We hope that Lorisa teaches children to believe in themselves and enjoy the process of growing up. Lorisa has what is called a growth mindset which basically means that she believes that her efforts matter. Her motto in the book– Am I there? Not Yet. I’ll get there. You bet!

Lorisa has taught me to believe that I have purpose and to enjoy the process of living. Lorisa has taught me to dream big, work hard, and not focus on my limitations.

We did not draw Lorisa. We worked with a fabulous illustrator who kept going back to the “drawing board” until Lorisa emerged as we envisioned her in our minds.

Who is Lori? If you had the privilege of having Mrs. Hockema as a teacher, you will never forget her. She most assuredly is on your list of favorites. As a classroom teacher, she was dynamic and passionate about her students and profession. She gave her all. She still does in all her endeavors.

Over the next couple of weeks I will slowly tell you more about Lorisa. It is going to be an incredible journey as we introduce her to you. How do I know this? — because the process of writing this book has already been incredible and fascinating.

Retired Teacher + Retired School Counselor = Two Friends with Many Stories to Tell

Adorable girl character + Adorable dog character =
Book Coming Soon Titled NOT YET

………Is it here? NOT YET
It will get here. You bet!

Coming soon!

NOT YET
Lisa Cox and Lori Hockema

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Ribbon of Tears

Ribbon of Tears

If each of our lives is a story, and I do believe each and every one of us has a story to tell, today’s page of my story would have tears staining the ink on the page. Today is a day I let go and trust. Today, I say good-bye to the idea of going back to the profession I love. Today, I turn in my letter of retirement much earlier than I ever anticipated. Today Parkinson’s knocks a little wind out of me.

By tomorrow, I will turn the page and look for new opportunities. Tomorrow, I will quit pouting and see all of the windows God is already opening as this door quietly closes in my life.

Actually, I won’t wait to turn the page of tomorrow. I will mentally put those boxing gloves on (physically put them on tomorrow) and hit back

I will do as the song Heather Richardson and I wrote…..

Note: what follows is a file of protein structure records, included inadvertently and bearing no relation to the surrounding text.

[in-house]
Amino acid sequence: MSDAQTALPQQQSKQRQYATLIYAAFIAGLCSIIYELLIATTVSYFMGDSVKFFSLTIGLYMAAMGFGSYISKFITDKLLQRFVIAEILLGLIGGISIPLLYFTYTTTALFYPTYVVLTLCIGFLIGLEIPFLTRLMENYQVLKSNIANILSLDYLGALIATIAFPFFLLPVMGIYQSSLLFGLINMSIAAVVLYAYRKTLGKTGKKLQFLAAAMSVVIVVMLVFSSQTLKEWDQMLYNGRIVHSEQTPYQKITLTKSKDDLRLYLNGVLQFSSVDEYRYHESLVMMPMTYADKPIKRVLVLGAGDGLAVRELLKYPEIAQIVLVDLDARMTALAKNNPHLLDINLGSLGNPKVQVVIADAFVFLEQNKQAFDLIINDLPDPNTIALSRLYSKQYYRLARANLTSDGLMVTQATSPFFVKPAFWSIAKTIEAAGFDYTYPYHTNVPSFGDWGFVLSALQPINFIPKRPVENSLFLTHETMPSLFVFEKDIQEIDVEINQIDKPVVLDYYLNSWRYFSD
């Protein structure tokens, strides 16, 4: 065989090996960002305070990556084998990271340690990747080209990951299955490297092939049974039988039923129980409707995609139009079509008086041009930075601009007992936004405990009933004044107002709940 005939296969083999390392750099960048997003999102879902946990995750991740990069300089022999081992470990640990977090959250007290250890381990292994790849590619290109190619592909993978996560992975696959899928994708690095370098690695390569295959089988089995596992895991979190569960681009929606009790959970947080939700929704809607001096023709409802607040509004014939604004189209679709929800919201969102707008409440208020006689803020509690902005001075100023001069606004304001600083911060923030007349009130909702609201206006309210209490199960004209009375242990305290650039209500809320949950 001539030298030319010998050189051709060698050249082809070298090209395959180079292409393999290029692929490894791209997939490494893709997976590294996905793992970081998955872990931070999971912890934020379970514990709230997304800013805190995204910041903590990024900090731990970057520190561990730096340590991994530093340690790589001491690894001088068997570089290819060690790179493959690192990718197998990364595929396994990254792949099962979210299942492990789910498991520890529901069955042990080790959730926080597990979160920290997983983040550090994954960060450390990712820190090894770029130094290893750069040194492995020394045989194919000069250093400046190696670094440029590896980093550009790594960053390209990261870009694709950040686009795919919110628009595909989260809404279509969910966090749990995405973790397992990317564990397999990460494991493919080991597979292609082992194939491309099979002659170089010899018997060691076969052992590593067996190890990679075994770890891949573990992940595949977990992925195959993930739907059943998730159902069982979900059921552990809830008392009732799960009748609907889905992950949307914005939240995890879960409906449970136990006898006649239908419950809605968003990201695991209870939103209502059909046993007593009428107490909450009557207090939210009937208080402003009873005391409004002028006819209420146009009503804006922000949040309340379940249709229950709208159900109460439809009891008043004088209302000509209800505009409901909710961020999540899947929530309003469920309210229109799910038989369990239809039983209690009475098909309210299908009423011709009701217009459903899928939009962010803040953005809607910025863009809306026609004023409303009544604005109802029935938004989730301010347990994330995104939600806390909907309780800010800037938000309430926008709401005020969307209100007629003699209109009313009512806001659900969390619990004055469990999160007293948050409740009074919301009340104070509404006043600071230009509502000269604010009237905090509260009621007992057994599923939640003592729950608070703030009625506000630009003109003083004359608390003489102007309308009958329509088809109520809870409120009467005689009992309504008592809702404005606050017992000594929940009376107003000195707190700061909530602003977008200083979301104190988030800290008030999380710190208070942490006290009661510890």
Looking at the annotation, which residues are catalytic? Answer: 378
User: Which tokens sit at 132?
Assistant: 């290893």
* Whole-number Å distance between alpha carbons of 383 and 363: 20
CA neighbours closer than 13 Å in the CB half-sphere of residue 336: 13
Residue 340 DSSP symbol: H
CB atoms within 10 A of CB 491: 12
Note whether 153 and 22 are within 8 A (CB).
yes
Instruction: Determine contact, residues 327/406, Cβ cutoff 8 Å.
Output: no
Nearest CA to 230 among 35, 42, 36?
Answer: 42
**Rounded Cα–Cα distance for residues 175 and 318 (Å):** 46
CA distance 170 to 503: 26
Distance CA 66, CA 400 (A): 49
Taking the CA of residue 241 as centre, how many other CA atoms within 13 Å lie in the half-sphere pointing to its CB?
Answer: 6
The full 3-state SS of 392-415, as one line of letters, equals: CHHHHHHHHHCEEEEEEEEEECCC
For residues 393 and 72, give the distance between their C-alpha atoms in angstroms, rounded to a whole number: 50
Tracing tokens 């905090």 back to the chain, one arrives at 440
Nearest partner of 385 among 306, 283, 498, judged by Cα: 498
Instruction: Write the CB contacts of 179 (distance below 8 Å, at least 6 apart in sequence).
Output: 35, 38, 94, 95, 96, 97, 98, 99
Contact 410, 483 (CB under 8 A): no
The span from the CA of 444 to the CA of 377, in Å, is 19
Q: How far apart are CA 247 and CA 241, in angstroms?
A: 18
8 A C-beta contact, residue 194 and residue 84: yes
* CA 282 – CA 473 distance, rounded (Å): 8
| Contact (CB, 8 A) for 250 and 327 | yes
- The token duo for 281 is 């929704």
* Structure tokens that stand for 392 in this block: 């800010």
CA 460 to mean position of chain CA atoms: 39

“dig deep, find strength, and trust. And throw that First Punch”

But……. first I will reflect on a line that Heather and I wrote in another song that I hope you all will be hearing her beautifully sing sometime soon…….

” Today is marked by a ribbon of tears to close the chapter of” my counseling years.

Good-bye —
ZCS

Hello —
New Chapter

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Why? First Punch for Kids with Challenges

The past seven years for me has been an incredible journey. I have been to a place that I never dreamed I would go. I have experienced a world right in front of me that struggles to fit in, keep up, and is often on the sidelines of life. My journey has been a spinal tumor, spinal cyst, and finally a Parkinson’s diagnosis through which I have discovered a whole new world of pain, struggle, fear, healing, acceptance, beauty, and joy. It is the world of the disabled or those with special needs.

From 2010 – 2015 I lived in that world as I watched and experienced my body succumb to the attacks of Parkinson’s. Slowly, my body began to stiffen and fail. I was losing my balance, my movement, my strength, and my smile. On July 28, 2015 I visited a doctor who prescribed for me a new medication. Miraculously, in one hour after being on that medication, I came back from my journey and the experience of being disabled. Although, I still have the same diagnosis, I am back to my almost fully functional self. There is no cure for Parkinson’s. I will most likely regress someday. I write this to you today because I sit here with the gift of my health back for an undetermined amount of time. Praise God.

For a while I have stepped out of the world of disability, but I cannot leave my friends behind. My friends are the little ones with challenges who I would see in the halls of the schools where I have worked for 24 years as a school counselor. I now have an amazing window into their world, our world in reality.

Our purpose for the First Punch Boxing for Kids with Challenges is to bridge that gap and bring strength and hope and to give kids the courage to step up and battle the challenges they face in their world.

I am a funny, fun, in love with life person. Parkinson’s tried to steal that from me. Parkinson’s lost. Hope won. The fear is gone. I want to share this hope with kids experiencing challenges in their lives.

I have so many people for whom I am thankful and so many more to whom I need to reach out and help.

Will you partner with us to fund this pilot program for the summer of 2017?

Let’s make it happen!

FIRST PUNCH – Noncontact Boxing for Kids with Challenges https://www.kickstarter.com/projects/147552517/first-punch-noncontact-boxing-for-kids-with-challe

Coming to the Surface

Sometimes reality makes me come to the surface and truly face what is happening in my brain. That is what happened yesterday at my appointment with my neurologist. From the moment he walked in the door, I knew he was analyzing my every move, word, and expression. He was looking for signs of regression, and that makes me have to face for a moment the physical changes that are slowly happening to me. At these times I feel like I can’t tread water or swim fast enough to get away from the raw reality of it.